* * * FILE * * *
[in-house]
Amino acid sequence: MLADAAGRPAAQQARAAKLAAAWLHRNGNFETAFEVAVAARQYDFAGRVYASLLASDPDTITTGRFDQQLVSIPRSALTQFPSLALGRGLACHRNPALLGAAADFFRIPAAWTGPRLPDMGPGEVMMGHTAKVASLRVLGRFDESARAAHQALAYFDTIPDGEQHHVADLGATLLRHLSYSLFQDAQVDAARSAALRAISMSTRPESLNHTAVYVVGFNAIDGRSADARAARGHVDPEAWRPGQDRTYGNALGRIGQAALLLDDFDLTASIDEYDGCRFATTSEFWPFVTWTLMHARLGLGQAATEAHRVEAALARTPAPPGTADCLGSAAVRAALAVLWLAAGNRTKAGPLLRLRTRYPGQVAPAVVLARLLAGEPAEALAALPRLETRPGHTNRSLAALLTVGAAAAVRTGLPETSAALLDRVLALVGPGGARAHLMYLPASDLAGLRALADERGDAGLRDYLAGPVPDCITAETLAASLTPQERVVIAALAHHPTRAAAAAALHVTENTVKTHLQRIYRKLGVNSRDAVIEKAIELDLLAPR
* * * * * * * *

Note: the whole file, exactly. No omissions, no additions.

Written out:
[in-house]
Amino acid sequence: MLADAAGRPAAQQARAAKLAAAWLHRNGNFETAFEVAVAARQYDFAGRVYASLLASDPDTITTGRFDQQLVSIPRSALTQFPSLALGRGLACHRNPALLGAAADFFRIPAAWTGPRLPDMGPGEVMMGHTAKVASLRVLGRFDESARAAHQALAYFDTIPDGEQHHVADLGATLLRHLSYSLFQDAQVDAARSAALRAISMSTRPESLNHTAVYVVGFNAIDGRSADARAARGHVDPEAWRPGQDRTYGNALGRIGQAALLLDDFDLTASIDEYDGCRFATTSEFWPFVTWTLMHARLGLGQAATEAHRVEAALARTPAPPGTADCLGSAAVRAALAVLWLAAGNRTKAGPLLRLRTRYPGQVAPAVVLARLLAGEPAEALAALPRLETRPGHTNRSLAALLTVGAAAAVRTGLPETSAALLDRVLALVGPGGARAHLMYLPASDLAGLRALADERGDAGLRDYLAGPVPDCITAETLAASLTPQERVVIAALAHHPTRAAAAAALHVTENTVKTHLQRIYRKLGVNSRDAVIEKAIELDLLAPR